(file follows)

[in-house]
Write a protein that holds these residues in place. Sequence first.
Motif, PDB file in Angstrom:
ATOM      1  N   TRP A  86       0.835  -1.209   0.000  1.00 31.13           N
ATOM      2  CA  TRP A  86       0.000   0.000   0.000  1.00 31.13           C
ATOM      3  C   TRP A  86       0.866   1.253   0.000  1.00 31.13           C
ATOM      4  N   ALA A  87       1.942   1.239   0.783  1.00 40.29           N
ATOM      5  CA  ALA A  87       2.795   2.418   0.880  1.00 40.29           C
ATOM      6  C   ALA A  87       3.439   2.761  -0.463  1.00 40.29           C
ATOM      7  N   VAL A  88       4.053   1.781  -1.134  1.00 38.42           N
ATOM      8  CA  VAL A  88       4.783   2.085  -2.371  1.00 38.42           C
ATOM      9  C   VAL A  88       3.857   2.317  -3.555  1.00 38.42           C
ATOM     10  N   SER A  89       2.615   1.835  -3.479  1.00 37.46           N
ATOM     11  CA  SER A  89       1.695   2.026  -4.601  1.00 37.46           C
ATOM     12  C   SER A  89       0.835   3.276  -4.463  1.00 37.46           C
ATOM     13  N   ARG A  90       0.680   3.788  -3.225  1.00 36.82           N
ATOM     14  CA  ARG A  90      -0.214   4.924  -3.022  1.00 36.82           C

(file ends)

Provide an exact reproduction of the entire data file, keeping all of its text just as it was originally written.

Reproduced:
[in-house]
Write a protein that holds these residues in place. Sequence first.
Motif, PDB file in Angstrom:
ATOM      1  N   TRP A  86       0.835  -1.209   0.000  1.00 31.13           N
ATOM      2  CA  TRP A  86       0.000   0.000   0.000  1.00 31.13           C
ATOM      3  C   TRP A  86       0.866   1.253   0.000  1.00 31.13           C
ATOM      4  N   ALA A  87       1.942   1.239   0.783  1.00 40.29           N
ATOM      5  CA  ALA A  87       2.795   2.418   0.880  1.00 40.29           C
ATOM      6  C   ALA A  87       3.439   2.761  -0.463  1.00 40.29           C
ATOM      7  N   VAL A  88       4.053   1.781  -1.134  1.00 38.42           N
ATOM      8  CA  VAL A  88       4.783   2.085  -2.371  1.00 38.42           C
ATOM      9  C   VAL A  88       3.857   2.317  -3.555  1.00 38.42           C
ATOM     10  N   SER A  89       2.615   1.835  -3.479  1.00 37.46           N
ATOM     11  CA  SER A  89       1.695   2.026  -4.601  1.00 37.46           C
ATOM     12  C   SER A  89       0.835   3.276  -4.463  1.00 37.46           C
ATOM     13  N   ARG A  90       0.680   3.788  -3.225  1.00 36.82           N
ATOM     14  CA  ARG A  90      -0.214   4.924  -3.022  1.00 36.82           C